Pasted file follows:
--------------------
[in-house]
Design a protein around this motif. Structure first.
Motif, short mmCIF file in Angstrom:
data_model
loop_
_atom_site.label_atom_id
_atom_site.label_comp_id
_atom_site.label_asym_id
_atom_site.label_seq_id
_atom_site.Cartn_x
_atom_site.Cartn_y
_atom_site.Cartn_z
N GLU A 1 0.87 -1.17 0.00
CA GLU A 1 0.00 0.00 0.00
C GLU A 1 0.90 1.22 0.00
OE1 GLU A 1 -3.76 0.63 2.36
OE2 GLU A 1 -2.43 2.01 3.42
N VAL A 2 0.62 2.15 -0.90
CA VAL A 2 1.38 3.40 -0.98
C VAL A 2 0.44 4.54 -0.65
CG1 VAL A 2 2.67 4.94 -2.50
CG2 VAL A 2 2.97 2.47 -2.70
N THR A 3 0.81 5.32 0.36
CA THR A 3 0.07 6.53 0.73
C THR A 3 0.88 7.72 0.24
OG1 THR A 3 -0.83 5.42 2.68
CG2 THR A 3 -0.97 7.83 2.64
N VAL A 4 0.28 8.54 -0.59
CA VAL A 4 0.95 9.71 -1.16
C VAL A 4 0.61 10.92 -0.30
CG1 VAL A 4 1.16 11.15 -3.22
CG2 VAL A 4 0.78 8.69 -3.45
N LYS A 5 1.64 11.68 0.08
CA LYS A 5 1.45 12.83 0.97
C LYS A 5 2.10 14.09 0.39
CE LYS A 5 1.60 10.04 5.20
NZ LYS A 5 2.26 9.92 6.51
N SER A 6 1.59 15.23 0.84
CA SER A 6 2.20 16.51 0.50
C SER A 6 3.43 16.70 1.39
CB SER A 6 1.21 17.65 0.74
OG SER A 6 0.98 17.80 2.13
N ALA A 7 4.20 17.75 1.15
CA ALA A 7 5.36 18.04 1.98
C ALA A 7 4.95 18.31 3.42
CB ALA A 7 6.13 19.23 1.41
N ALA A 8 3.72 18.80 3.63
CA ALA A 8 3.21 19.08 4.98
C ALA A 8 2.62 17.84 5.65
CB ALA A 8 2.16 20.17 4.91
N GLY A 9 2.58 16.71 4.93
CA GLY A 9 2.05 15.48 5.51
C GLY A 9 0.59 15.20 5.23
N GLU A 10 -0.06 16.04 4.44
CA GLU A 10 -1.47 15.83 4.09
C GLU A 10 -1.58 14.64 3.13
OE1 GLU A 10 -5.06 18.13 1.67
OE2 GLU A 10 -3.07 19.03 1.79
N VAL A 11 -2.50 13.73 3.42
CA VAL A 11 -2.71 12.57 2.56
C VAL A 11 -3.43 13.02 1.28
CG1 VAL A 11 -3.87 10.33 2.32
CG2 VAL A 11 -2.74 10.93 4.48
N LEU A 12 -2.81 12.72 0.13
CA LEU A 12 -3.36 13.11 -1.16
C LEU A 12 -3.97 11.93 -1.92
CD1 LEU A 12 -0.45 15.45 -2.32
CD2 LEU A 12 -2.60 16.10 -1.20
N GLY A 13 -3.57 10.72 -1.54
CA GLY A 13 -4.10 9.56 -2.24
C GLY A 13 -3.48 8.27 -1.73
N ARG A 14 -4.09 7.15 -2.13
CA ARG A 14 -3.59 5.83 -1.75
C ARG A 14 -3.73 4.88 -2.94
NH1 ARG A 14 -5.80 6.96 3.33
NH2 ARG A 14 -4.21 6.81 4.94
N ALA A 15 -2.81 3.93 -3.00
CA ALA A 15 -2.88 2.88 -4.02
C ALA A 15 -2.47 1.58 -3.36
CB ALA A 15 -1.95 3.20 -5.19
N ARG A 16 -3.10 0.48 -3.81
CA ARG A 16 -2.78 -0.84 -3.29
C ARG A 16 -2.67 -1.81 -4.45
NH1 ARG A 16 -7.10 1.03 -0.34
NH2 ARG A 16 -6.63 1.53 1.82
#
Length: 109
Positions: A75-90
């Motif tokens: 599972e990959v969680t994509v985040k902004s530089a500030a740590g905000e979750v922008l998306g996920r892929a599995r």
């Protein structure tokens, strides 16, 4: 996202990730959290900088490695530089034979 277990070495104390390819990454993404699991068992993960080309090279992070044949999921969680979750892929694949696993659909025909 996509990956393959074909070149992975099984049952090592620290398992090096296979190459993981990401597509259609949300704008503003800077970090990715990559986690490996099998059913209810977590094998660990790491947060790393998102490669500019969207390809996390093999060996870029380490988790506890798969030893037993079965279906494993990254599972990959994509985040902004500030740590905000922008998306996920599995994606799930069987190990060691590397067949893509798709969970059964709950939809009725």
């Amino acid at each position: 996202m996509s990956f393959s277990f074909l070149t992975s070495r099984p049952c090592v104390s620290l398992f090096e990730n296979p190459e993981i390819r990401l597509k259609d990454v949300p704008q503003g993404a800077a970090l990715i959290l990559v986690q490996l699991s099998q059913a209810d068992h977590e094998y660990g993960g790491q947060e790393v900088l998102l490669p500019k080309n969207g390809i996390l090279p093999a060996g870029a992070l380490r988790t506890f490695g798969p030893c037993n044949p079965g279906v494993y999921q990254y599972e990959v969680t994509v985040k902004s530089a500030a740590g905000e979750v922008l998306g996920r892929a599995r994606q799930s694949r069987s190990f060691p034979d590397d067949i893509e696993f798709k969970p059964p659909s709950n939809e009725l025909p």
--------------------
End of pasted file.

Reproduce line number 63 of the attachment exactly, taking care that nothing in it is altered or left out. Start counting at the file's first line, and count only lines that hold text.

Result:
CG2 VAL A 11 -2.74 10.93 4.48